As the NBA continues to find ways to use its platform in the fight against racial injustice during the 2019-20 season restart, they have also been steadfast in addressing major health concerns that have come with playing in a bubble environment amid the coronavirus (COVID-19) pandemic.
The prospect of having to stay within the confines of Walt Disney World in Orlando, Florida, for a few months was met with some pushback from players. Fortunately, the NBA has since spared no expense to ensure there are a wide range of activities for them on the campus.
The league also released 113-page document detailing the health and safety protocols that will be put in place for the duration of the eight regular-season seeding games along with playoffs. Although some of the restrictions involved have provided players with their own set of challenges, it appears the medical community is marveled by their efforts.
According to Mark Medina and Jeff Zillgit of USA Today, Dr. Rishi Desai praised the NBA for its safety guidelines in the return-to-play plan:
“I haven’t seen anything that’s this comprehensive from anyone. Not just the federal government, I haven’t seen state governments put anything out this comprehensive and haven’t seen any industries that’s put out something this comprehensive,” said Desai, the chief medical officer at Osmosis and an infection disease physician.
UNLV assistant professor of health Brian Labus added that keeping players and staff confined within the bubble could help contain their chances of testing positive for COVID-19:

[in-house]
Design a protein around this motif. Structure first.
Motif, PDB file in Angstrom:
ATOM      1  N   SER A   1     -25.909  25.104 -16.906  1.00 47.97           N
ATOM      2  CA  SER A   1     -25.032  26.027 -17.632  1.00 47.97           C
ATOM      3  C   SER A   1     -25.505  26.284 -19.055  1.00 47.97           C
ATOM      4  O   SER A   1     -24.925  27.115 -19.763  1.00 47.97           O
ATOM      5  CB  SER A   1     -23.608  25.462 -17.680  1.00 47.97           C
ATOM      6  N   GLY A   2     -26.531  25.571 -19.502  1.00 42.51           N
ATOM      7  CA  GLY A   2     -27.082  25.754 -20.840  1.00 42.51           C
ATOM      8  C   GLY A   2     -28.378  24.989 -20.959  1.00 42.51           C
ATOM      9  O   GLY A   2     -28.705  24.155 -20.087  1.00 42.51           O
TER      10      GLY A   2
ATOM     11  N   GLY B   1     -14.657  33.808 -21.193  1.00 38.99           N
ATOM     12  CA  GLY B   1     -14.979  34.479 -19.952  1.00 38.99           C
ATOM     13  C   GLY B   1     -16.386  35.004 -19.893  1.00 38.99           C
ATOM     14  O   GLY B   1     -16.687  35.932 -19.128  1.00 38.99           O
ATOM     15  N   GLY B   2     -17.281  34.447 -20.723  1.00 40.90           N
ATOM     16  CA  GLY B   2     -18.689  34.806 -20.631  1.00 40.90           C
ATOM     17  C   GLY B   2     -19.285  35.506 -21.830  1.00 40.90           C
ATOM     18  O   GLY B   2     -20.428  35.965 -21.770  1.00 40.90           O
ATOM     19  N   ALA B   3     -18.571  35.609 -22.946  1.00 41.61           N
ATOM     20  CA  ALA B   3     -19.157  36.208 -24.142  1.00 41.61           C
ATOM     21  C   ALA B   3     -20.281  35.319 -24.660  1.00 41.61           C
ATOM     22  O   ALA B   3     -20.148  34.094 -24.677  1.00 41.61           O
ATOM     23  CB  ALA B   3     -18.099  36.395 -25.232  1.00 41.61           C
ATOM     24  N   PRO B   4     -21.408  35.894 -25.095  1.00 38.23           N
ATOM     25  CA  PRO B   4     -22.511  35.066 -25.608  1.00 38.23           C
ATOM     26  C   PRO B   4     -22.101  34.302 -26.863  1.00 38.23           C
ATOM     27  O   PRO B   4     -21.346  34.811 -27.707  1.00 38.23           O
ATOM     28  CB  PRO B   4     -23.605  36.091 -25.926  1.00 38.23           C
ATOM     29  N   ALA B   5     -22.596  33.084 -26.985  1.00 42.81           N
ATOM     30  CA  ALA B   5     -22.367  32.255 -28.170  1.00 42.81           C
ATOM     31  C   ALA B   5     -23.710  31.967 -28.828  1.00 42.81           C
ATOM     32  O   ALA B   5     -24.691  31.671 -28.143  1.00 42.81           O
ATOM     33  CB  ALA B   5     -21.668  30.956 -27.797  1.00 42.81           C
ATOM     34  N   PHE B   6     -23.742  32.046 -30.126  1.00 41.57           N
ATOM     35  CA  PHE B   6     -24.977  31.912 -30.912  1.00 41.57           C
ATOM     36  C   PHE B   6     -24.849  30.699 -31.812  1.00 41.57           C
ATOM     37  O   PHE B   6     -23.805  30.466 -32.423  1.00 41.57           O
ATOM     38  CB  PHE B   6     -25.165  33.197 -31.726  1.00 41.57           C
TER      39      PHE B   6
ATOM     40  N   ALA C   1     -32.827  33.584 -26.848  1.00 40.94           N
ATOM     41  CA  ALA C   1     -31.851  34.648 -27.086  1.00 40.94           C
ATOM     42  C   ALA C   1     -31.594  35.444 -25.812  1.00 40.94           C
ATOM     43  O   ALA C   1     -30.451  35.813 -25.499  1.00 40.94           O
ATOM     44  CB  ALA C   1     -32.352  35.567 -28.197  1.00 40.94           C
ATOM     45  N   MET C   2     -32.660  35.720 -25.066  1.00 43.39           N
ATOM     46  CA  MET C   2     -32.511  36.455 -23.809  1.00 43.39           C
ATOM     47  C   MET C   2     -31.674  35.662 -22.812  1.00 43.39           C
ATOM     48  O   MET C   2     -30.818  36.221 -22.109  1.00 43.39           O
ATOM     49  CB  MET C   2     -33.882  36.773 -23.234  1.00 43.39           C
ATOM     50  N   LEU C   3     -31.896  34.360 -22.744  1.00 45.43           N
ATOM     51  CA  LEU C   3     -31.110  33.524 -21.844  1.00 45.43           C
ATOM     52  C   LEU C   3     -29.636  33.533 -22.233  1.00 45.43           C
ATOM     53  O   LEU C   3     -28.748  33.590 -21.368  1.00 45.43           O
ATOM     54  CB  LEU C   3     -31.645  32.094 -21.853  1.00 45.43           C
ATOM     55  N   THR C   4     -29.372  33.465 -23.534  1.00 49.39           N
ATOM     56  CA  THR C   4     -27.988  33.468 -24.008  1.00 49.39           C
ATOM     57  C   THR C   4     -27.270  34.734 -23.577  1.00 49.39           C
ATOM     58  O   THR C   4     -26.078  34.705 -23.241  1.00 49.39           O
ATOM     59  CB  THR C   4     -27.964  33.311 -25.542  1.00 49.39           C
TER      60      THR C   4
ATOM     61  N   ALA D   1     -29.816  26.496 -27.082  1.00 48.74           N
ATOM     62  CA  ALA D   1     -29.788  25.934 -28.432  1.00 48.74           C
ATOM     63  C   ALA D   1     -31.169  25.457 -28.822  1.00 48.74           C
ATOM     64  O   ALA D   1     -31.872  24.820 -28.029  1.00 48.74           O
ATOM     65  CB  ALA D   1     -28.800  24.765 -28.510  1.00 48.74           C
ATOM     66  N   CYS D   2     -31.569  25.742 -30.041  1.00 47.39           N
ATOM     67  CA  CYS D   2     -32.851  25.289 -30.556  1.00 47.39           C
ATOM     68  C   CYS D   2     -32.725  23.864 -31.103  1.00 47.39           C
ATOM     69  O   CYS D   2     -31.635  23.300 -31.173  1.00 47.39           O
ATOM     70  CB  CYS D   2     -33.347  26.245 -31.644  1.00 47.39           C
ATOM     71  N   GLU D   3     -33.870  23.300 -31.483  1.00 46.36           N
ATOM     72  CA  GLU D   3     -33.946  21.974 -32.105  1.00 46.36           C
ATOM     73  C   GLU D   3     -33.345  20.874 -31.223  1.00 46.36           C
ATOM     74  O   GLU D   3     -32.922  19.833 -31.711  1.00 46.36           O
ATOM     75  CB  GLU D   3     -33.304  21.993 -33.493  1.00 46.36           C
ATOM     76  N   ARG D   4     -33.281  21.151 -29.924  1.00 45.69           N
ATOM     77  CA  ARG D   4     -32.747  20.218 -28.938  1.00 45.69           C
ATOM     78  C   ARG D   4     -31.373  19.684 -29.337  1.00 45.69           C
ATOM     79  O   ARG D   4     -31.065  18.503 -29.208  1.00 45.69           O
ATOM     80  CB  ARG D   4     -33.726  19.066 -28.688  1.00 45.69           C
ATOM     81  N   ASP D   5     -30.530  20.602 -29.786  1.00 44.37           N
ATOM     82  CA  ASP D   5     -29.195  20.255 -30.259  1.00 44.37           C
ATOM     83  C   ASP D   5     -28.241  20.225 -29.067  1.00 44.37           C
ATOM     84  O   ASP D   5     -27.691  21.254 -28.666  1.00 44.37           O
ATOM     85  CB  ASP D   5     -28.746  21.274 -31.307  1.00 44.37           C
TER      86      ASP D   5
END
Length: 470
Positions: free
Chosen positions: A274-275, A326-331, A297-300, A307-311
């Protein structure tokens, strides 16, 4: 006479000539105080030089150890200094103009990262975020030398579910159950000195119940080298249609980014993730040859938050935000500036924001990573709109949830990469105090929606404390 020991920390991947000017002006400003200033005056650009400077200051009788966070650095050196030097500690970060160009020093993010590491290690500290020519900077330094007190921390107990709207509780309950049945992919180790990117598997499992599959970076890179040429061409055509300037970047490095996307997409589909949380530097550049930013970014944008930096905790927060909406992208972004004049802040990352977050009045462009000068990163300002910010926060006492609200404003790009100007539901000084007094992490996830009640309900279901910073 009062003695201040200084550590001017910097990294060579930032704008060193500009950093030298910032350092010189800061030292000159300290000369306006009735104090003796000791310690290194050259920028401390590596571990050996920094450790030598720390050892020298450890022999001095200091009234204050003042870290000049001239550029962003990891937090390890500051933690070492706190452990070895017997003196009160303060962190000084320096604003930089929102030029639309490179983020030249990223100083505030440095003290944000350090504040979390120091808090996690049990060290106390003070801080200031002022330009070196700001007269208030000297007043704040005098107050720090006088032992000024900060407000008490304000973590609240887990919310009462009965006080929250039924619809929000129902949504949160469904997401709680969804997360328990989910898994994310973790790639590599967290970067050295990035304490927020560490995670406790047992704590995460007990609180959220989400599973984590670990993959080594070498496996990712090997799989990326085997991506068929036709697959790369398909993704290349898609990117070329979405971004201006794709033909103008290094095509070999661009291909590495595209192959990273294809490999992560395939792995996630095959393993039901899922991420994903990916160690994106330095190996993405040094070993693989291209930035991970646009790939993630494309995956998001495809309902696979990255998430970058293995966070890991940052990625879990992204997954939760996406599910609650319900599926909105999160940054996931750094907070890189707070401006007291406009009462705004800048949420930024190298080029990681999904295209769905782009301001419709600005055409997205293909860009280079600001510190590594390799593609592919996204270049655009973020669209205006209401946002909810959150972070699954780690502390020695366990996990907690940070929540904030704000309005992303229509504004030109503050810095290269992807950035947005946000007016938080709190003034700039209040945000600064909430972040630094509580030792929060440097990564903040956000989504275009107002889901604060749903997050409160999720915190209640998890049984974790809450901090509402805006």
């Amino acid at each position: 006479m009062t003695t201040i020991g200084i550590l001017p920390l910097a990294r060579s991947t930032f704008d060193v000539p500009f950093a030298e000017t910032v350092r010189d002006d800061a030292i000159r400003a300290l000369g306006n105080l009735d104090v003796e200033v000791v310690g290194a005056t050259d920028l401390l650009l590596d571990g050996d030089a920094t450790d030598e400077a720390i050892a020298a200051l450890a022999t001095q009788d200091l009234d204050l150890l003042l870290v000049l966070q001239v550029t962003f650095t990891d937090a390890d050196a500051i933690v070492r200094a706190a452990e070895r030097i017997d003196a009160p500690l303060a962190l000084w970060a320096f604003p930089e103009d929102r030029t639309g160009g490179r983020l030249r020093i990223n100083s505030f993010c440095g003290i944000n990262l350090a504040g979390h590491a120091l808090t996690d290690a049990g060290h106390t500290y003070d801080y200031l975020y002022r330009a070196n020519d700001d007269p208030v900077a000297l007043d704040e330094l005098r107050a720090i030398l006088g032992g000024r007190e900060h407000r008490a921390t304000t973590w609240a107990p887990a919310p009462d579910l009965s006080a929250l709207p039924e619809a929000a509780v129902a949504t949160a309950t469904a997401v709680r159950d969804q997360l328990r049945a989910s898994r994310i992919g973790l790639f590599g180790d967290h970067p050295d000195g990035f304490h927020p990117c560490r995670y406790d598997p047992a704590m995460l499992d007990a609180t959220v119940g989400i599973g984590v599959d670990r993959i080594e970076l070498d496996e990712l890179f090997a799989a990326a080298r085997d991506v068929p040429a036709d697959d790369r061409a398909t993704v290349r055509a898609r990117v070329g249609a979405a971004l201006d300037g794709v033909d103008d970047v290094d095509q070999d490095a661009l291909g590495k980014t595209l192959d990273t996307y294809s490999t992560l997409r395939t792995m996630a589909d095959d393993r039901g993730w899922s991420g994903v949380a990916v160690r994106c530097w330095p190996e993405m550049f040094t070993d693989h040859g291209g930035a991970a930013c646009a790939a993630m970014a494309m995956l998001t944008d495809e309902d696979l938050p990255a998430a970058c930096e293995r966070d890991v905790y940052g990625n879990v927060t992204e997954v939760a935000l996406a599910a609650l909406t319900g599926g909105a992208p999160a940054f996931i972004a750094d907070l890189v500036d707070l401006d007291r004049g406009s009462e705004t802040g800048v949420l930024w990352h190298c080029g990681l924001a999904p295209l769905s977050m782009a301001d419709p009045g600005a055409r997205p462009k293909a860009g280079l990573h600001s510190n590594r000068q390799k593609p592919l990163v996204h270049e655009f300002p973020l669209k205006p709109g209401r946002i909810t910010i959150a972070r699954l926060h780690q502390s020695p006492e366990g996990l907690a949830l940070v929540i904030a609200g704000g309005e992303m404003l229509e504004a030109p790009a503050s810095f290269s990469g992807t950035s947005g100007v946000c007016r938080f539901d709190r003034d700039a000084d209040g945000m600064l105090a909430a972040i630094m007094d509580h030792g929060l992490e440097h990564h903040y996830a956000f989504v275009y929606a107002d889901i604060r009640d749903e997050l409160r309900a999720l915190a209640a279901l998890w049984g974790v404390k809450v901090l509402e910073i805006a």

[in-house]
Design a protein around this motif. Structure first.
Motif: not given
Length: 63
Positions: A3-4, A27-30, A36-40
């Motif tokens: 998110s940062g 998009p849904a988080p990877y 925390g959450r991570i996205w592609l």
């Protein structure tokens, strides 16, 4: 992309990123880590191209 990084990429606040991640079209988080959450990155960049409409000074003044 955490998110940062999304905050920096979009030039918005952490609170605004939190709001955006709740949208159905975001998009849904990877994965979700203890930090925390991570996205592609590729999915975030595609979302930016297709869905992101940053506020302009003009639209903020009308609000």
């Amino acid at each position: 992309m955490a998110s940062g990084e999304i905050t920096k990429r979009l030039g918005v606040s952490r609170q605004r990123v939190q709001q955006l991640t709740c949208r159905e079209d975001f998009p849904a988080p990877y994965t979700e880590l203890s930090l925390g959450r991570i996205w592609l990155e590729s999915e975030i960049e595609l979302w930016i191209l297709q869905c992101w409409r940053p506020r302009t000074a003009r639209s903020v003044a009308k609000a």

“They’re taking the right approach,” Lobus said. “The whole idea of keeping those people in a bubble will provide a lot of protection. They can control their exposures in that case. There was nothing that really jumped out. Though they will have some challenges when they actually start to implement it, everything looks good on paper. But then you’ll realize there will be a problem, and they will have to tweak it. But they covered all the areas they’re concerned about.
“They have thought of how to physically isolate people. So even if you have the world burning around you, as long as you have that place that is safe and nothing is going on, that’s going to be enough protection. If they start to have people coming and going from the community, that’s where things would be tough.”
Although it is encouraging to see members of the medical community give the NBA its unofficial stamp of approval, there are still some concerns that must be factored in during these unprecedented times.
The NBA has already determined that players who test positive for COVID-19 or choose to leave the bubble without the league’s approval are automatically subjected to a 10- to 14-day quarantine period. They would also need to take part in enhanced testing and could lose out on payment depending on games missed.
Meanwhile, the recent spike in the reported number of coronavirus cases in Florida has seemingly forced the league to double down on their efforts to establish viable safety protocols. This could include even more restrictions being put in place after it was revealed that the company’s employees are not required to remain inside the bubble.
Have you subscribed to our YouTube channel? It’s the best way to watch player interviews, exclusive coverage from events, participate in live shows, and more!